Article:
School bill assailed by council

Elimination of elected trustees an 'attack' on local democracy, says mayor


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The province’s controversial legislation to overhaul the Manitoba public school system has found another opponent.

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Hey there, time traveller!
This article was published 23/07/2021 (503 days ago), so information in it may no longer be current.

The province’s controversial legislation to overhaul the Manitoba public school system has found another opponent.

On Thursday, Winnipeg city council voted 11-4 to ask the province to withdraw Bill 64 in its entirety.

Couns. Kevin Klein, Janice Lukes, Shawn Nason and Devi Sharma were opposed. Coun. Jeff Browaty also spoke against the motion but opted not to vote on it.

MIKE DEAL / WINNIPEG FREE PRESS Winnipeg Mayor Brian Bowman: “We’re seeing concerns about Bill 64 being raised across our city."

The bill aims to make sweeping changes, and replace school boards with a centralized group of government appointees. The council motion calls upon the province to preserve the current school board system.

Mayor Brian Bowman said he’s concerned the elimination of school boards would amount to an “attack” on local democracy.

“We’re seeing concerns about Bill 64 being raised across our city, and much of the concerns are relating to a loss of local democratic input in the education system,” said Bowman, noting lawn signs opposing the bill have popped up in many neighbourhoods.

Addressing council prior to the vote, Luanne Karn said the bill threatens to strip power from impartial elected officials. Many complicated decisions would then fall on parent volunteers, who have less time and experience to devote to the job, Karn said on behalf of Parents for Public Education Manitoba.

“Bill 64 is a deeply complex governing structure that seeks to centralize power and remove democratic control over local decision-making (and transfer it) to a very small partisan group of non-elected representatives,” she said.

The Education Modernization Act would collapse Manitoba’s 37 English school boards into 15 regional entities that report to the province, and replace parent councils with school community councils in each school. Those councils would “advise” principals on student achievement, staff hires, annual budgets and other priorities.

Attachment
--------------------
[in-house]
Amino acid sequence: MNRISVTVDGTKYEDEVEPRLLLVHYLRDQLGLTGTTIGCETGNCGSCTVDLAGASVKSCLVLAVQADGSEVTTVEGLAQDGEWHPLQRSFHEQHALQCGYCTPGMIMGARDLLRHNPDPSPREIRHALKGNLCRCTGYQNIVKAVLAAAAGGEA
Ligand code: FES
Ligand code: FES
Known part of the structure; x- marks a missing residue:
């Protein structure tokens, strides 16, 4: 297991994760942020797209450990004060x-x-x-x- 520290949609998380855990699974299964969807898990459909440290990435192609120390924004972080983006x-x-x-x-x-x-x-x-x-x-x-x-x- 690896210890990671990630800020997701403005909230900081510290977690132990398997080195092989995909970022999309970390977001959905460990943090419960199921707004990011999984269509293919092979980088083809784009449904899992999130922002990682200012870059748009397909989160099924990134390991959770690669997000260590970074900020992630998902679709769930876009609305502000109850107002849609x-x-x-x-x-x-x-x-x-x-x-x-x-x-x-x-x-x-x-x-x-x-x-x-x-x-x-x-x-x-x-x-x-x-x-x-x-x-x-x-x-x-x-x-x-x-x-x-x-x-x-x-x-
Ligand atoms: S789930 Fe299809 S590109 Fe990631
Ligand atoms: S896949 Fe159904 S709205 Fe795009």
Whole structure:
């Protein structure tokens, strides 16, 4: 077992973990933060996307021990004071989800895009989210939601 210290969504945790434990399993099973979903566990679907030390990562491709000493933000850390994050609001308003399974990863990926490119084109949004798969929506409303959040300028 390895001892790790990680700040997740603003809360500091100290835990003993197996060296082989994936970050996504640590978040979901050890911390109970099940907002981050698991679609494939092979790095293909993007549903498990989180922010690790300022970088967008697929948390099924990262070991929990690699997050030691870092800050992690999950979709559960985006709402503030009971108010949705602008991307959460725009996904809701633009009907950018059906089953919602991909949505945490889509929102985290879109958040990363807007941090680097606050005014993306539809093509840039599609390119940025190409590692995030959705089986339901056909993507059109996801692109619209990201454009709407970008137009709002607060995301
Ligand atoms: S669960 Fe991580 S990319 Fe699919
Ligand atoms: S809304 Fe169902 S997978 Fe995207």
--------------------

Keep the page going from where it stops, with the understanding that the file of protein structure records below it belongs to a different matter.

The province has promoted it as a way to empower parents, who could volunteer to make decisions on some files currently handled by school trustees.

Karn said she fears those changes would create “an extremely undemocratic form of governance for education.”

The council motion, championed by Coun. Brian Mayes, argues school boards help ensure local voices guide education priorities and decision-makers can be held accountable through elections.

“When you’re talking about wiping out an entire level of elected government, I’ve got to say something,” Mayes, a former Brandon School Division trustee, told the Free Press.

The City of Winnipeg’s decision echoes similar motions by 23 other Manitoba rural municipalities, cities and towns.

However, Browaty said, the matter does not fall under council’s jurisdiction.

“I really don’t see how this is a city council issue in the slightest. When talking to the public, I never hear people saying: ‘We need more government, we need more politicians,’” said Browaty.

In a brief emailed statement, a Manitoba government spokesperson said the province remains confident in its plan and is listening to the feedback.

“We believe our (Better Education Starts Today) strategy will improve education for all students in Manitoba while improving local voice and parental engagement… If the City of Winnipeg has questions regarding the plan, we would be happy to answer them.”

Twitter: @joyanne_pursaga

Joyanne Pursaga

Joyanne Pursaga

Born and raised in Winnipeg, Joyanne loves to tell the stories of this city, especially when politics is involved. Joyanne became the city hall reporter for the Winnipeg Free Press in early 2020.

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